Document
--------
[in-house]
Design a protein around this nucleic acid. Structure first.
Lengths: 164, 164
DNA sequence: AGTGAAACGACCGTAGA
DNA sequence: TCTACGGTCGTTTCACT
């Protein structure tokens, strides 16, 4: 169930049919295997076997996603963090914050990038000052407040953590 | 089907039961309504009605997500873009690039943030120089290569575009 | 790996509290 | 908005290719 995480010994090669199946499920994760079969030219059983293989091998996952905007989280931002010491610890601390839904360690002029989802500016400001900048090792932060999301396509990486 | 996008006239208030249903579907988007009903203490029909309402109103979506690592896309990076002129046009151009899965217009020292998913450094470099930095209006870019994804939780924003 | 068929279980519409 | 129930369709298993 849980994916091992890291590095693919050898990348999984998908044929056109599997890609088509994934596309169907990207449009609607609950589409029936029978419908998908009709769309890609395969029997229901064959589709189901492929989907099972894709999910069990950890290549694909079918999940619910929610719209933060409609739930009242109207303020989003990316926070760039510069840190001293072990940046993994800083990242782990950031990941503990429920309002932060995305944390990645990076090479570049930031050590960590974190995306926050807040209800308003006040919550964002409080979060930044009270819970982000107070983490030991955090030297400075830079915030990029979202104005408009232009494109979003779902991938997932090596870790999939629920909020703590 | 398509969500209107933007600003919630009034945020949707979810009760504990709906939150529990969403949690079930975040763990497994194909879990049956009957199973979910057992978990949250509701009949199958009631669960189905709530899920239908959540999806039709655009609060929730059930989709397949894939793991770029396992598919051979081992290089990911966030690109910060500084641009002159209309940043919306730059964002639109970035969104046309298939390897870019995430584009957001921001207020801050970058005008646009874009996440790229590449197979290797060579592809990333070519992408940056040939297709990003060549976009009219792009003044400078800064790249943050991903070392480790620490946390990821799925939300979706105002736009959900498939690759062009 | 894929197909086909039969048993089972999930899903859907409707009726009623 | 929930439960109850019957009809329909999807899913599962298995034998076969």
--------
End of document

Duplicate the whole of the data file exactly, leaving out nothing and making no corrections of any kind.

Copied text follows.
[in-house]
Design a protein around this nucleic acid. Structure first.
Lengths: 164, 164
DNA sequence: AGTGAAACGACCGTAGA
DNA sequence: TCTACGGTCGTTTCACT
């Protein structure tokens, strides 16, 4: 169930049919295997076997996603963090914050990038000052407040953590 | 089907039961309504009605997500873009690039943030120089290569575009 | 790996509290 | 908005290719 995480010994090669199946499920994760079969030219059983293989091998996952905007989280931002010491610890601390839904360690002029989802500016400001900048090792932060999301396509990486 | 996008006239208030249903579907988007009903203490029909309402109103979506690592896309990076002129046009151009899965217009020292998913450094470099930095209006870019994804939780924003 | 068929279980519409 | 129930369709298993 849980994916091992890291590095693919050898990348999984998908044929056109599997890609088509994934596309169907990207449009609607609950589409029936029978419908998908009709769309890609395969029997229901064959589709189901492929989907099972894709999910069990950890290549694909079918999940619910929610719209933060409609739930009242109207303020989003990316926070760039510069840190001293072990940046993994800083990242782990950031990941503990429920309002932060995305944390990645990076090479570049930031050590960590974190995306926050807040209800308003006040919550964002409080979060930044009270819970982000107070983490030991955090030297400075830079915030990029979202104005408009232009494109979003779902991938997932090596870790999939629920909020703590 | 398509969500209107933007600003919630009034945020949707979810009760504990709906939150529990969403949690079930975040763990497994194909879990049956009957199973979910057992978990949250509701009949199958009631669960189905709530899920239908959540999806039709655009609060929730059930989709397949894939793991770029396992598919051979081992290089990911966030690109910060500084641009002159209309940043919306730059964002639109970035969104046309298939390897870019995430584009957001921001207020801050970058005008646009874009996440790229590449197979290797060579592809990333070519992408940056040939297709990003060549976009009219792009003044400078800064790249943050991903070392480790620490946390990821799925939300979706105002736009959900498939690759062009 | 894929197909086909039969048993089972999930899903859907409707009726009623 | 929930439960109850019957009809329909999807899913599962298995034998076969």